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house Bill H.R. 1213

Should Federal Mediators Be Appointed From A Master List (Rather Than Direct Recommendations)?

Argument in favor

Using recommendations to compile a master list of mediators can be more effective at preventing bias than direct recommendations.

Carol's Opinion
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12/08/2015
Why am I voting on this, it was enacted in March 2015. Please clean up this website.
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Pappa's Opinion
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03/13/2015
This would keep the system honest. P-Obama recommends persons that will be in his little army around him. It would keep all the playing field more level.
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Mitchell's Opinion
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03/12/2015
We cannot let favoritism sway our decisions it never works out.
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Argument opposed

Recommendations can reveal unique qualities that wouldn’t necessarily be apparent when selecting a mediator from a master list.

Curmudgeon's Opinion
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08/04/2015
And who is on a "master list?" A Master Race? Is this how Craig Becker, a shill for Labor, got elevated to the ostensibly neutral NLRB? Obama pulled that one out of his back pocket during a congressional recess.
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J's Opinion
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05/21/2015
We need to know who their Masters are, like NASCAR...
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Marvin's Opinion
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05/27/2015
The Congress has always been in favor of nepotism.
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bill Progress


  • EnactedMarch 20th, 2015
    The President signed this bill into law
  • The senate Passed March 9th, 2015
    Passed by Voice Vote
  • The house Passed March 4th, 2015
    Passed by Voice Vote
      house Committees
      Committee on Administration
    IntroducedMarch 3rd, 2015

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What is House Bill H.R. 1213?

This bill would modify the procedures for mediation and hearings, requiring that all mediators be appointed from a master list rather than considered from recommendations.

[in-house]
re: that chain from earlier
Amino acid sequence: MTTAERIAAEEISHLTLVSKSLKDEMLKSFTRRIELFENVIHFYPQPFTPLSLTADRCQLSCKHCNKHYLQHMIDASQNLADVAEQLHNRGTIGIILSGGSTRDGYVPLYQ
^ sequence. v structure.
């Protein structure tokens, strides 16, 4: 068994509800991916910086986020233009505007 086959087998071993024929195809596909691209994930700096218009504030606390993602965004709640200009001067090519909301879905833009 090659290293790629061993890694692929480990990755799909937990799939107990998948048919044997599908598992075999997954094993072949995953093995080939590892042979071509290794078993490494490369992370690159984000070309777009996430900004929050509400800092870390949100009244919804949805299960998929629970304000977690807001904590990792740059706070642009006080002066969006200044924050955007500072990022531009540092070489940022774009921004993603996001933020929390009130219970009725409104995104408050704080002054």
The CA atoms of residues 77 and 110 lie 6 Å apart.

The master list would be comprised of people experienced in adjudicating, arbitrating, or mediating personnel. Eligible list candidates could be members of a state bar association (or the District of Columbia’s bar association), or retired judges of the U.S. court system.


Candidates would be placed on the master list by the Executive Director of the Office of Administrative Services following recommendations by the Federal Mediation and Conciliation Service or the Administrative Conference of the United States.


Confidentiality requirements in mediation sessions, among other related mandates would be clarified so that participants have a clearer picture of their obligations. Notification would be carried out by the Executive Director of the Office of Compliance.

Impact

People involved in federal mediation, prospective mediators, and the Executive Director of the Office of Compliance.

Cost of House Bill H.R. 1213

A CBO cost estimate is unavailable.

More Information

Of Note:

The Congressional Accountability Act of 1995 — the legislation this bill would amend —  applied 12 separate laws relating to civil rights, labor, workplace safety, and health laws to Congress. These rules had, before this act, not applied to the executive branch, but were commonplace in private sector businesses and the federal government at large.


Media:

Government Printing Office Daily Digest

Office of Compliance - Congressional Accountability Act Overview (Context)

(Photo Credit: "Ford A4016 NLGRF photo contact sheet (1975-04-11)(Gerald Ford Library)" by David Hume Kennerly - Gerald R. Ford Presidential Library, from White House Photographs, April 11, 1975 of the White House Photographic Collection page. Licensed under Public Domain via Wikimedia Commons)

AKA

Office of Compliance Administrative and Technical Corrections Act of 2015

Official Title

To make administrative and technical corrections to the Congressional Accountability Act of 1995.